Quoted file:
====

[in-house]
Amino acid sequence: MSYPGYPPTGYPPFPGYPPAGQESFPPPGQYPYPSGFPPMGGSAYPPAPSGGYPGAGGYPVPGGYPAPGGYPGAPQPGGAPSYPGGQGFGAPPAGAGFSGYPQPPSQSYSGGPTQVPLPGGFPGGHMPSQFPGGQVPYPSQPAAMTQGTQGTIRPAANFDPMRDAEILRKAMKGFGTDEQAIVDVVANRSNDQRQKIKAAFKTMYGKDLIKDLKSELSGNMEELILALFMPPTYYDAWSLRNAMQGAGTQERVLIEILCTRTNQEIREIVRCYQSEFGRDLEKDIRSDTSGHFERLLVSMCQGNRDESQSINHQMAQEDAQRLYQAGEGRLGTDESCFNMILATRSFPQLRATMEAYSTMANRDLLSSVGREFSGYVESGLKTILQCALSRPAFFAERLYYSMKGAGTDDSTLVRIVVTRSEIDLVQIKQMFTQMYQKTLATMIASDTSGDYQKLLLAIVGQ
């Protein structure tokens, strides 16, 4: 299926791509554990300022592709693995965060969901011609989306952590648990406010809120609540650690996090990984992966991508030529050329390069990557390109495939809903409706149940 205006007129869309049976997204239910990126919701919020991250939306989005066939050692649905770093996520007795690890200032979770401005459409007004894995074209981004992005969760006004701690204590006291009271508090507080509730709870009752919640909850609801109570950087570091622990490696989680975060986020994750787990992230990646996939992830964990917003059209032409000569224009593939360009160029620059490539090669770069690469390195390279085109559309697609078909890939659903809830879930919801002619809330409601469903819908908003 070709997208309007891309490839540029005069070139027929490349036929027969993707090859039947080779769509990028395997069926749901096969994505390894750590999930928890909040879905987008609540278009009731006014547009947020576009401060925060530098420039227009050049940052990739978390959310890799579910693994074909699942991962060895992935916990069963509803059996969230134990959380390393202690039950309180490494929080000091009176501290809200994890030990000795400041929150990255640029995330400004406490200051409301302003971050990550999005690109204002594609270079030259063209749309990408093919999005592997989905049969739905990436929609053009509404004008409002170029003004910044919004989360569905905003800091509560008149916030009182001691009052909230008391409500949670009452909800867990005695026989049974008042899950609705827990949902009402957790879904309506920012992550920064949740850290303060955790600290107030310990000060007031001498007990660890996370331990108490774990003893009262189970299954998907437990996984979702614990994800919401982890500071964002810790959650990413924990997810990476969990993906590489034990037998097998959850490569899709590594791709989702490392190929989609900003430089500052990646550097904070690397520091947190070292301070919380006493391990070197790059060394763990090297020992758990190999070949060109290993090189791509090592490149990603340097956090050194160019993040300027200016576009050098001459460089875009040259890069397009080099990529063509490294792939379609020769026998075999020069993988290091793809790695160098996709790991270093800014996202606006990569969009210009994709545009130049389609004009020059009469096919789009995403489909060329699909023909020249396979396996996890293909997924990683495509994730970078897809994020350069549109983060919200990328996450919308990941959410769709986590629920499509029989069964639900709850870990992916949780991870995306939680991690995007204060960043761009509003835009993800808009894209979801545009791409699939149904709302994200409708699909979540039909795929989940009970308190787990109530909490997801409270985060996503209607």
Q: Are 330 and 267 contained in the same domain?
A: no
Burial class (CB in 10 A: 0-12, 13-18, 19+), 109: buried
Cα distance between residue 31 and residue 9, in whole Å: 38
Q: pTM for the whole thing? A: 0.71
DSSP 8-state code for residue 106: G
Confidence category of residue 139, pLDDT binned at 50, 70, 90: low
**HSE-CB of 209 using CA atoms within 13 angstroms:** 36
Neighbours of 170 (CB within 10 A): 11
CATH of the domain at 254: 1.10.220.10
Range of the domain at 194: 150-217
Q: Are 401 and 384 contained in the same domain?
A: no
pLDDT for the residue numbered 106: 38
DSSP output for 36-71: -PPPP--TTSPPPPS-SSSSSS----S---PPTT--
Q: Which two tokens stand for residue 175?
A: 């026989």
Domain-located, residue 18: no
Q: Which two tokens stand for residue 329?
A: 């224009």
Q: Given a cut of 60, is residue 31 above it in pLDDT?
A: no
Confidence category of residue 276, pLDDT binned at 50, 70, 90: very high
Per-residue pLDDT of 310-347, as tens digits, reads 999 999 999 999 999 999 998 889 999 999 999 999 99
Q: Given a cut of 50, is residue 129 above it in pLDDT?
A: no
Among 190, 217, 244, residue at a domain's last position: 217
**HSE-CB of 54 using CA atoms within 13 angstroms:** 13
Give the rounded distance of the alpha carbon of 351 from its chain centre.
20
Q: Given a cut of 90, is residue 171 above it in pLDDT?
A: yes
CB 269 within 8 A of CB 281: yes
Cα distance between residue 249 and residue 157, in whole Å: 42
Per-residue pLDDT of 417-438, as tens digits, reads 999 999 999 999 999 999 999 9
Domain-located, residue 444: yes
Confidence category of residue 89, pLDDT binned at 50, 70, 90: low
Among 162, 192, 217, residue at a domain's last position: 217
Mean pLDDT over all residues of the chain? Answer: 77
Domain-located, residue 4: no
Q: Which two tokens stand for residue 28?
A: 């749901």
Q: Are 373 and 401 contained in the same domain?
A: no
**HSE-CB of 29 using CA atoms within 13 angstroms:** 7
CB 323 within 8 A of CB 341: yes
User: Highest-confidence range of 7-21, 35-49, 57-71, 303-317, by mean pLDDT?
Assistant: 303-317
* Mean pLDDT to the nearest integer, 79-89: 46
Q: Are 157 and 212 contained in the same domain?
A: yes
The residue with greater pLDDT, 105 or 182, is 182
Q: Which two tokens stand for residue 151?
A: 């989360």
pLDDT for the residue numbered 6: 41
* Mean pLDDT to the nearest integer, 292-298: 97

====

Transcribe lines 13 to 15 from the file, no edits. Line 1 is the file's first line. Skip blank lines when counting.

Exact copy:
CATH of the domain at 254: 1.10.220.10
Range of the domain at 194: 150-217
Q: Are 401 and 384 contained in the same domain?